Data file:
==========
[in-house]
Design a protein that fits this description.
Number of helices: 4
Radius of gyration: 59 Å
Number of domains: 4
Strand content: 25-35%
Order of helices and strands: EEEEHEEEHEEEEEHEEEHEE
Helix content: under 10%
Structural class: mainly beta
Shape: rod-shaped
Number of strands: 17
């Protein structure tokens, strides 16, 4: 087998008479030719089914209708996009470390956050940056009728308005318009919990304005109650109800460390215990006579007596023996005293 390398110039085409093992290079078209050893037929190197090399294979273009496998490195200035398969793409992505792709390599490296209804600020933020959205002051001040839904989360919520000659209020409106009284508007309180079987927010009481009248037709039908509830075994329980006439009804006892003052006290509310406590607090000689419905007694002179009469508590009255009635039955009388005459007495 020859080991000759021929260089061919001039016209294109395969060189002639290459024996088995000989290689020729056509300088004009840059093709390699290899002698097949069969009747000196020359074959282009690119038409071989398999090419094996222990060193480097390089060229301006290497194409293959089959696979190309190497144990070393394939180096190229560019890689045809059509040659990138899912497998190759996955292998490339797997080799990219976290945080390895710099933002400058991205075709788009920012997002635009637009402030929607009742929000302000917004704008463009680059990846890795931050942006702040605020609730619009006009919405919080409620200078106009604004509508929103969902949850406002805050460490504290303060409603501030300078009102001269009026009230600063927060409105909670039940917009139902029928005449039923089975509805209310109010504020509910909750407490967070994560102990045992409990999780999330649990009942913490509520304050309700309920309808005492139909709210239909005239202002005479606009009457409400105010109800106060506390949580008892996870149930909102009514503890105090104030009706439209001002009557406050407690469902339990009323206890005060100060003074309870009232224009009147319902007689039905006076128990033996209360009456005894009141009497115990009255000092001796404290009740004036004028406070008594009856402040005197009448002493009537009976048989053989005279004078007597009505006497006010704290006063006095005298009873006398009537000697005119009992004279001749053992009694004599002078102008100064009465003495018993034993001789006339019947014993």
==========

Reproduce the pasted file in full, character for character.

[in-house]
Design a protein that fits this description.
Number of helices: 4
Radius of gyration: 59 Å
Number of domains: 4
Strand content: 25-35%
Order of helices and strands: EEEEHEEEHEEEEEHEEEHEE
Helix content: under 10%
Structural class: mainly beta
Shape: rod-shaped
Number of strands: 17
């Protein structure tokens, strides 16, 4: 087998008479030719089914209708996009470390956050940056009728308005318009919990304005109650109800460390215990006579007596023996005293 390398110039085409093992290079078209050893037929190197090399294979273009496998490195200035398969793409992505792709390599490296209804600020933020959205002051001040839904989360919520000659209020409106009284508007309180079987927010009481009248037709039908509830075994329980006439009804006892003052006290509310406590607090000689419905007694002179009469508590009255009635039955009388005459007495 020859080991000759021929260089061919001039016209294109395969060189002639290459024996088995000989290689020729056509300088004009840059093709390699290899002698097949069969009747000196020359074959282009690119038409071989398999090419094996222990060193480097390089060229301006290497194409293959089959696979190309190497144990070393394939180096190229560019890689045809059509040659990138899912497998190759996955292998490339797997080799990219976290945080390895710099933002400058991205075709788009920012997002635009637009402030929607009742929000302000917004704008463009680059990846890795931050942006702040605020609730619009006009919405919080409620200078106009604004509508929103969902949850406002805050460490504290303060409603501030300078009102001269009026009230600063927060409105909670039940917009139902029928005449039923089975509805209310109010504020509910909750407490967070994560102990045992409990999780999330649990009942913490509520304050309700309920309808005492139909709210239909005239202002005479606009009457409400105010109800106060506390949580008892996870149930909102009514503890105090104030009706439209001002009557406050407690469902339990009323206890005060100060003074309870009232224009009147319902007689039905006076128990033996209360009456005894009141009497115990009255000092001796404290009740004036004028406070008594009856402040005197009448002493009537009976048989053989005279004078007597009505006497006010704290006063006095005298009873006398009537000697005119009992004279001749053992009694004599002078102008100064009465003495018993034993001789006339019947014993």